Tucsonans celebrate life, honor dead during annual All Souls Procession
Thousands of revelers filled the streets of downtown Tucson on Sunday to celebrate the 16th annual All Souls Procession.
The procession is a nonmotorized parade featuring more than 1,000 dancers, drummers, floats and fire dancers who marched downtown from the corner of East University Boulevard and North Fourth Avenue.
Thousands more passers-by lined the streets, with almost everyone wearing elaborate costumes, masks or skulls painted on their faces. Others carried banners or enormous puppets of skeletons and birds, and it was impossible to look in any direction without being reminded that the massed multitude was celebrating death.
"The general theme is remembering and honoring our ancestors and connect with the spirit of celebration with those who are still with us," said Tony Novelli, a co-organizer of the event.
Novelli said the event is not based on any one religion but "borrows most heavily on Dia de los Muertos because of the strength of regional influences."
Dia de los Muertos is a celebration that dates back more than 3,000 years to Meso-American celebrations that recognized death as an awakening to a new stage of life. These celebrations were merged with Catholic tradition, and the modern incarnation of the holiday is celebrated all over Mexico and the American Southwest.
Celebrants honored lost loved ones, pets and those who perished in natural disasters with colorful costumes, banners and homemade floats. Others took the opportunity to draw attention to political causes ranging from soldier and civilian deaths in Iraq to the hunting of the sandhill crane.
The procession gave even those who hadn't lost a loved one this year a chance to cherish and celebrate their own lives.
"I've been really fortunate that I haven't lost anyone close to me," said Heather Wodrich, a studio arts senior. "I have had a lot of health problems this year, and personally I'm celebrating being back in good health."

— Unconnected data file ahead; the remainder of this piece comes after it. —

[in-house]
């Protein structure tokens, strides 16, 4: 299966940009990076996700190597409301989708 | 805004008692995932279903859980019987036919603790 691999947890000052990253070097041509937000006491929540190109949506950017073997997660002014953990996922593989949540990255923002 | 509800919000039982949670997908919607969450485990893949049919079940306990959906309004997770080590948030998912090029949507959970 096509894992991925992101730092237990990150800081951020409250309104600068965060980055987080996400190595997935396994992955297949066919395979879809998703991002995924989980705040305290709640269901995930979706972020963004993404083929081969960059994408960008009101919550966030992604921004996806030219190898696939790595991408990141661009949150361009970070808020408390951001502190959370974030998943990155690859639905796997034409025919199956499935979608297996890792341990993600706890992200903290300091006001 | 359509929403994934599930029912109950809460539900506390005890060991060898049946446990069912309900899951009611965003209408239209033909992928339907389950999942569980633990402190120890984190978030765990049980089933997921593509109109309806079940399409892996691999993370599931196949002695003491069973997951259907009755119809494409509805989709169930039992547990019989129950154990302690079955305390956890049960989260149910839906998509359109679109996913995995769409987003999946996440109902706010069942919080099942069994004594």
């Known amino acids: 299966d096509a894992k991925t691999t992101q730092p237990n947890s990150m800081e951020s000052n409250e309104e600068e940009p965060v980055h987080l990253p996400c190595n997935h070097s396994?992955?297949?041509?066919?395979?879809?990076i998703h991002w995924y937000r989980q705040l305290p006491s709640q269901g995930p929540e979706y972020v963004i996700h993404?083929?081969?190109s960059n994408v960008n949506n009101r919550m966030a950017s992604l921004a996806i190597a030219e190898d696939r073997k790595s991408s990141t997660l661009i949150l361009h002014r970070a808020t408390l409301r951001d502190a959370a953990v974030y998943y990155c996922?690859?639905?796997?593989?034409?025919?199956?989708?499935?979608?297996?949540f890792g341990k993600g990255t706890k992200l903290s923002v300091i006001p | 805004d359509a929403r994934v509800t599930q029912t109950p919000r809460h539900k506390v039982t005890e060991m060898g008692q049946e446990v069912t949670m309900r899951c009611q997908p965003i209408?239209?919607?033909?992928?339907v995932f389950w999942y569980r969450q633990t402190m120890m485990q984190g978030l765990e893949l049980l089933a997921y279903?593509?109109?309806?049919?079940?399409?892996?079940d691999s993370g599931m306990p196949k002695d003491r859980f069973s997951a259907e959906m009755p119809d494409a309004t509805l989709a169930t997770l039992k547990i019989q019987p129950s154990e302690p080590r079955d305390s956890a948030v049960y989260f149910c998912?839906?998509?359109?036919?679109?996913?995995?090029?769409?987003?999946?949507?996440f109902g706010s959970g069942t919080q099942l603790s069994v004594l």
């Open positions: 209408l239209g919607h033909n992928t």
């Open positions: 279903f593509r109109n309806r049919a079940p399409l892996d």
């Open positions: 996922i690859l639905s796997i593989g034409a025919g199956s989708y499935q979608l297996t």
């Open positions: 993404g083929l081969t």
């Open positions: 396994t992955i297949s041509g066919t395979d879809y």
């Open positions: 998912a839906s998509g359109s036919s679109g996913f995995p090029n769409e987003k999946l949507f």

But while the procession is undoubtedly influenced by a religious and cultural holiday, Novelli stressed that Sunday's procession moves beyond these boundaries and includes the entire Tucson community.
"This is truly a multicultural celebration," Novelli said.
The event was organized by Many Mouths One Stomach, a nonprofit collective that includes members of Flam Chen, a local fire-dancing group, and Tucson Puppet Works.
The result was a lively procession that culminates with a spectacular finale featuring trapeze dancers suspended on a crane 50 feet above the gathered crowd accompanied by the Taiko drumming of Odaiko Sonora.
The dancers resembled angels in their flowing white robes as they were lowered, twirling, to the stage, only to be replaced by an enormous orb plastered with the faces of the dead.
As the great sphere was raised, black-clad men on stilts raised torches to light two dangling fuses. The globe soon exploded, raining cinders and sparks down as the crowd howled with delight and the reek of kerosene filled the air.
"This is a unique cultural thing that's so much bigger than Tucson or myself," said Jeff Hawkinson, a creative writing senior who marched for the first time in the procession as a skull-faced businessman. "I'm glad I got to experience this before I graduate and leave town."
Another sobering part of the holiday's celebration came Saturday when more than 100 people marched from South Tucson to the San Xavier Mission.
The march honored the 282 known people who have died while attempting to cross the U.S.-Mexico border this year and was sponsored by several local human rights and border activist groups.